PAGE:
City to replace parking meters with new, upgraded pay stations
The automated parking meters in downtown Seattle are coming to the end of their lives and need to be replaced. The cost will be about $25 million.
Seattle Times staff reporter
Anyone who’s ever stood in a downpour on Seattle streets waiting, and waiting, for an automated parking meter to spit out a ticket may welcome the news that the city plans to replace all the old pay stations over the next two years.
The current parking meters work on cellular technology and, like old cellphones, they drop calls, sometimes search unsuccessfully for a connection, and seem to take forever to authorize debit cards and complete transactions.
The new technology will offer a higher level of reliability, enhanced screen displays and the ability to accommodate the city’s complex scheme of rates and time limits, said Mike Estey, manager of parking programs for the Seattle Department of Transportation.
But replacing the city’s 2,200 meters will cost $25 million. And some are only 4 years old.
Seattle City Council members put a proviso on the department’s 2014 budget request for the new meters to ensure that new models would be tested and a case made for replacement before the money could be spent, said Councilmember Tom Rasmussen, chair of the Transportation Committee.
“It’s a huge amount of money,” he said, but noted that the city has a long list of required features that the new machines would have to offer. “They have to be user-friendly. They have to be able to withstand vandalism and abuse. And they have to provide us data to help us manage on-street parking and ensure that there’s always some turnover.”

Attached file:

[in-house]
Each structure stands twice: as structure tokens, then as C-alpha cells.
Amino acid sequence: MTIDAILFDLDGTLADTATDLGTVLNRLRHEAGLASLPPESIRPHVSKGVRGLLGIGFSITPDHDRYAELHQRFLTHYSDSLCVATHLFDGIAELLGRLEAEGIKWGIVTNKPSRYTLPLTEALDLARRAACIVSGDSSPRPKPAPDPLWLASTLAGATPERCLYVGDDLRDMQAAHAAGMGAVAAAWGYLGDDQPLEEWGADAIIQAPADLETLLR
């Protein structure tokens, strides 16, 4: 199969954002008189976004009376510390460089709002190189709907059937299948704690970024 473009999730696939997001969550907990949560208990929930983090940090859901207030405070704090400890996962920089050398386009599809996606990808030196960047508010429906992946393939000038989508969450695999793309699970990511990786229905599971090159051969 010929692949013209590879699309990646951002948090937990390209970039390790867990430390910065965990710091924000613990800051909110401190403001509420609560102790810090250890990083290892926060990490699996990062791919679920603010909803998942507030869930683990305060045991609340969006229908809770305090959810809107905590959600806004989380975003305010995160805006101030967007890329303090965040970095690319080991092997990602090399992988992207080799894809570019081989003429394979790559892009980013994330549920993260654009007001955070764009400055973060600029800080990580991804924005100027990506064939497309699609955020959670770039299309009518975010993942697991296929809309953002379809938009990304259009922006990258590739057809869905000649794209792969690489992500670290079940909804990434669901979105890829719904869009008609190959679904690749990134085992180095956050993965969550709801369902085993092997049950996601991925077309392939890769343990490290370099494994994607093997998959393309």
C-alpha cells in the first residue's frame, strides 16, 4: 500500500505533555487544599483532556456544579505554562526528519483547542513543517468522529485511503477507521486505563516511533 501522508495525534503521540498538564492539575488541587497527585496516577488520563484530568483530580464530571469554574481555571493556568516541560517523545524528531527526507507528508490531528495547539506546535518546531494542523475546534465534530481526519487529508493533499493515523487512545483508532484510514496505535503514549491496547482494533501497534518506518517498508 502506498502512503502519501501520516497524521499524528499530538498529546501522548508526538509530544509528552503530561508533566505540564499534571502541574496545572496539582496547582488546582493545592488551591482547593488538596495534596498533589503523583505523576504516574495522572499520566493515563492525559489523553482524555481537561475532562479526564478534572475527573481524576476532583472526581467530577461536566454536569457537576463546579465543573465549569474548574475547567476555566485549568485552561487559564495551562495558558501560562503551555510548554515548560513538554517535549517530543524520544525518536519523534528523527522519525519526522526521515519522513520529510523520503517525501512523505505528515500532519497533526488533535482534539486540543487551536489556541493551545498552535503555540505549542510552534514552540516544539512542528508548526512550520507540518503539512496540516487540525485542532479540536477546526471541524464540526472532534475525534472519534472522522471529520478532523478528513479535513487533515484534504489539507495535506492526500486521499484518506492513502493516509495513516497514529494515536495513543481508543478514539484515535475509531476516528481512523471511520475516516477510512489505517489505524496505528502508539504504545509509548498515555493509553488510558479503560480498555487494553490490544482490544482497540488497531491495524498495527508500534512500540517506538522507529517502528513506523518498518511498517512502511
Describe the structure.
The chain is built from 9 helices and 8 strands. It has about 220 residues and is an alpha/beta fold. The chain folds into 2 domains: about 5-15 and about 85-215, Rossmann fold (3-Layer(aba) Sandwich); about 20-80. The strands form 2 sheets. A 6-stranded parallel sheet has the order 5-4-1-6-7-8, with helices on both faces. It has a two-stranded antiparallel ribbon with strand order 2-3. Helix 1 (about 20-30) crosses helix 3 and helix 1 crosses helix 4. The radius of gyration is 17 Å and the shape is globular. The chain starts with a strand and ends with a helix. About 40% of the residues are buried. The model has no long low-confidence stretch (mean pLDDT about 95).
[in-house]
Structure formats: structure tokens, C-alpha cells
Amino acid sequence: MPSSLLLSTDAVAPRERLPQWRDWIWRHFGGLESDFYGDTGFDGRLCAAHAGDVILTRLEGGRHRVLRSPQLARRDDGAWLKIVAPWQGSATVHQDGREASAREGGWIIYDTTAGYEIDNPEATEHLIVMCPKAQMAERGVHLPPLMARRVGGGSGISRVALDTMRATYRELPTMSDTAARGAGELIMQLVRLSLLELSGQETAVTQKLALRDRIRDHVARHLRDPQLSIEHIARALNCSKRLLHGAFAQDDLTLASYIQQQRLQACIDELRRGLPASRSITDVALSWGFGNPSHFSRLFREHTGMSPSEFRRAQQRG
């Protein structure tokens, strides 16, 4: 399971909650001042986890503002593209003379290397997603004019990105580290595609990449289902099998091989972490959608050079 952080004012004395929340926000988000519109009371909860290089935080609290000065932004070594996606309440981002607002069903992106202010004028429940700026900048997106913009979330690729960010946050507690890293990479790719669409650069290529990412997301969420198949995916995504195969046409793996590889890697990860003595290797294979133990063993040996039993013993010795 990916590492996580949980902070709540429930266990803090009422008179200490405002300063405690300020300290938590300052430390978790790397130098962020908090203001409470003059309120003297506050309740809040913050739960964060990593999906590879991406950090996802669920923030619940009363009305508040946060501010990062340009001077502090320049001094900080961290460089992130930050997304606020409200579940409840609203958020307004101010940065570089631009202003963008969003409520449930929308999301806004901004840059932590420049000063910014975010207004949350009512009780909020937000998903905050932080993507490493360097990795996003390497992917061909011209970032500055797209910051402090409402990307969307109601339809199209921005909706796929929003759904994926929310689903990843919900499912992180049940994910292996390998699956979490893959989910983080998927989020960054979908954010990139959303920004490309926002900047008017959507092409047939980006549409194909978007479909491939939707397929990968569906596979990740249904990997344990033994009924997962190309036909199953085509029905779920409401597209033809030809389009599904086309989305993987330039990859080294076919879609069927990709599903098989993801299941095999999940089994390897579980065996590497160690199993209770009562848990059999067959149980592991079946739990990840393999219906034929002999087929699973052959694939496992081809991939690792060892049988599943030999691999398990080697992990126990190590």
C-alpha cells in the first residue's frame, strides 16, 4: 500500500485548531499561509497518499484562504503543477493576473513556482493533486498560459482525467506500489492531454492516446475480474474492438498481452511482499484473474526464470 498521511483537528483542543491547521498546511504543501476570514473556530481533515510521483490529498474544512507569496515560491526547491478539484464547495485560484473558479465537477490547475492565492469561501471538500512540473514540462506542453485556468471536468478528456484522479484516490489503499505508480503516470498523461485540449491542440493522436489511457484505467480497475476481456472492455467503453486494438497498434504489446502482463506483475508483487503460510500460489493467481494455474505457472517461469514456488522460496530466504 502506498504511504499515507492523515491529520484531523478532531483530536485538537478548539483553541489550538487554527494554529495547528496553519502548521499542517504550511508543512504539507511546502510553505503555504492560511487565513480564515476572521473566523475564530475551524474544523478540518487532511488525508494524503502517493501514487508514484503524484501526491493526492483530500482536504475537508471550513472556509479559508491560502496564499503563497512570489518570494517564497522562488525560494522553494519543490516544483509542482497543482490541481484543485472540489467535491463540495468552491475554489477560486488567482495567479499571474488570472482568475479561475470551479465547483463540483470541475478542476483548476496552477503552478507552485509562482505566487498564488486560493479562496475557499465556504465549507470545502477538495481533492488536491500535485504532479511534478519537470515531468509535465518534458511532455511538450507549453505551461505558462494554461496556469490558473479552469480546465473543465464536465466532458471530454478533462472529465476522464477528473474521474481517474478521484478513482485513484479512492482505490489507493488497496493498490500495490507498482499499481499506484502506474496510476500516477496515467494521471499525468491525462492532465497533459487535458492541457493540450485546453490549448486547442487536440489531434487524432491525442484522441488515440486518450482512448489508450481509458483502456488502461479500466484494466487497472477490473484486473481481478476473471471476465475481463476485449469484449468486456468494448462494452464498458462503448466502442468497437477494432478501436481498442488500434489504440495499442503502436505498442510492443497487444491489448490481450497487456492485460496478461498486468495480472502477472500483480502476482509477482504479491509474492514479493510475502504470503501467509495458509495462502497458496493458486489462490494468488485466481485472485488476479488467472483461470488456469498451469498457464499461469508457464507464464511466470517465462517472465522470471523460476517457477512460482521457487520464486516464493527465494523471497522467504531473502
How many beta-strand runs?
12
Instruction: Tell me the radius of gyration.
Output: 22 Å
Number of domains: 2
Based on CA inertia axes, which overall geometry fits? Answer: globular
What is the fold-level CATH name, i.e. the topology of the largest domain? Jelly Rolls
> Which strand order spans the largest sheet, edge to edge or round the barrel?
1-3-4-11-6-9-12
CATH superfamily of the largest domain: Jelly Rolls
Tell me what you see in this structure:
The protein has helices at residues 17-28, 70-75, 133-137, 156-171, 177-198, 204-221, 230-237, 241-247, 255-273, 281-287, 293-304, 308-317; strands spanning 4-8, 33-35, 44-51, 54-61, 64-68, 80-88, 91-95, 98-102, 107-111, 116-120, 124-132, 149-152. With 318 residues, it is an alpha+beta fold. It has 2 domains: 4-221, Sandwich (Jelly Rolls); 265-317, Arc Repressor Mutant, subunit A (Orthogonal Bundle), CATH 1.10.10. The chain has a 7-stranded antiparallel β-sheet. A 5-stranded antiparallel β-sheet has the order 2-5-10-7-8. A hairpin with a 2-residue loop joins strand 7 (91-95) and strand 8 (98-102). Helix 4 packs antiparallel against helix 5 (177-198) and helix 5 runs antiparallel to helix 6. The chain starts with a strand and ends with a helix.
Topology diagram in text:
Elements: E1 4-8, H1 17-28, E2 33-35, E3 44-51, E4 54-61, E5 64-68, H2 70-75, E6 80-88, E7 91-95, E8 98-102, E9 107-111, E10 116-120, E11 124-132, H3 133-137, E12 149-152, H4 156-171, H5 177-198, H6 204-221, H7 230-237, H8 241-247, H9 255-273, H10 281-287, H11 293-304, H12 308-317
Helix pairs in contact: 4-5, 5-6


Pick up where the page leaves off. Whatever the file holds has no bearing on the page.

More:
Rasmussen said it might be possible to swap out the brains on the current pay stations rather than replacing them all, but that may not be cheaper than buying all new machines. The city now uses two different models of meters.
“We could be nickel-and-dimed if we’re constantly having to repair them,” Rasmussen said.
The oldest machines were installed in 2004, but the newest weren’t put in until 2010. And the replacement meters may last only seven years, Estey said.
“They could certainly last longer, but we wanted to be realistic in our budgeting as technology seems to be evolving rapidly,” Estey said in an email.
The city paid $19 million for the two current types of meters. There are 1,500 of the Stelio models (the taller green plastic ones) and 700 of the newer Strada models (the shorter black metallic ones).
The city is now conducting a trial of seven new models of pay stations from four vendors. The new meters are along Fourth Avenue between Stewart and Bell streets downtown.
The public is asked to provide feedback to the city about the ease of use and speed of the different models in an online survey at http://www.seattle.gov/transportation/parking/newpaystations.htm.
Lynn Thompson: firstname.lastname@example.org or 206-464-8305. On Twitter @lthompsontimes